The conservative activist's rap on Barack Obama is that he came from nowhere, that nobody remembers him from his youth, that he's kept his records secret. You cannot say any of that about Paul Ryan. He arrived in D.C. right after college to work for Jack Kemp's old think tank, Empower America. He went to the Hill, then ran for the Wisconsin House seat that opened up in 1998 -- when he was turning 28 years old.
The young Ryan was one of the GOP's few new stars from that disappointing election. (Newt Gingrich had bet everything on the Clinton scandals, but voters ended up sending more Democrats to Congress, shrinking the GOP's majority, sending Gingrich into humiliated retirement.) In late 1998, C-Span gave him the chance to make a national introduction. He was almost shockingly poised.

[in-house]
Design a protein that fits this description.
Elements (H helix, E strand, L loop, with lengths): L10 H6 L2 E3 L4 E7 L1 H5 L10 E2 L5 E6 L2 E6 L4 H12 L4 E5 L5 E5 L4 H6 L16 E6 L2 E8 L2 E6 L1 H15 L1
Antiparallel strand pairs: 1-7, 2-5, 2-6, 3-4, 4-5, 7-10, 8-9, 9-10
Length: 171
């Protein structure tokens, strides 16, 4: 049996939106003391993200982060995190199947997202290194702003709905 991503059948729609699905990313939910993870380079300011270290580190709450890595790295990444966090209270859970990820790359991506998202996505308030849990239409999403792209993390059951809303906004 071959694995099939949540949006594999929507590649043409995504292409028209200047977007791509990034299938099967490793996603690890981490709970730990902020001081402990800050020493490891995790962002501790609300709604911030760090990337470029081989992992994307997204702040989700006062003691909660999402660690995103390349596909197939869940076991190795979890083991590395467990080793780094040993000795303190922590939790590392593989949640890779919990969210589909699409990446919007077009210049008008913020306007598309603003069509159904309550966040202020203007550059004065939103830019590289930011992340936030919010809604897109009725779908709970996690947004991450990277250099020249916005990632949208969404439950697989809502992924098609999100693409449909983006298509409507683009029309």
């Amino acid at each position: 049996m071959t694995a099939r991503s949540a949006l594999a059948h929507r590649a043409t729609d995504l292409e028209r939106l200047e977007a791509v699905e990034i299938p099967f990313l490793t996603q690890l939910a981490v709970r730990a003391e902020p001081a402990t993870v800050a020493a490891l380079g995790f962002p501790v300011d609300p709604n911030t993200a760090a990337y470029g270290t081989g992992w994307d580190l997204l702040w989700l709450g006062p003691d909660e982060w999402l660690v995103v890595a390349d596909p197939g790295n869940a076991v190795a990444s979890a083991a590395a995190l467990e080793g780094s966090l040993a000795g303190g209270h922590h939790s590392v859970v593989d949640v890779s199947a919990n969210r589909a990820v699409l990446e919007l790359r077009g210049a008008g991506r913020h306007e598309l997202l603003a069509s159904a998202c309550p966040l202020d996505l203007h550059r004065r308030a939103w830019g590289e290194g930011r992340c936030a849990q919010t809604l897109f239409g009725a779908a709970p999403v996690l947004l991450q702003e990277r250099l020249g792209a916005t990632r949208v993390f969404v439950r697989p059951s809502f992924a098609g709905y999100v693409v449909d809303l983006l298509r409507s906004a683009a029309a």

By February 1999, Republicans were putting their twentysomething freshman out in front of a bill to "stop the raid" on the Social Security trust fund, trying to gain the advantage on a policy that always worked better for Democrats. Sort of the start of a trend.
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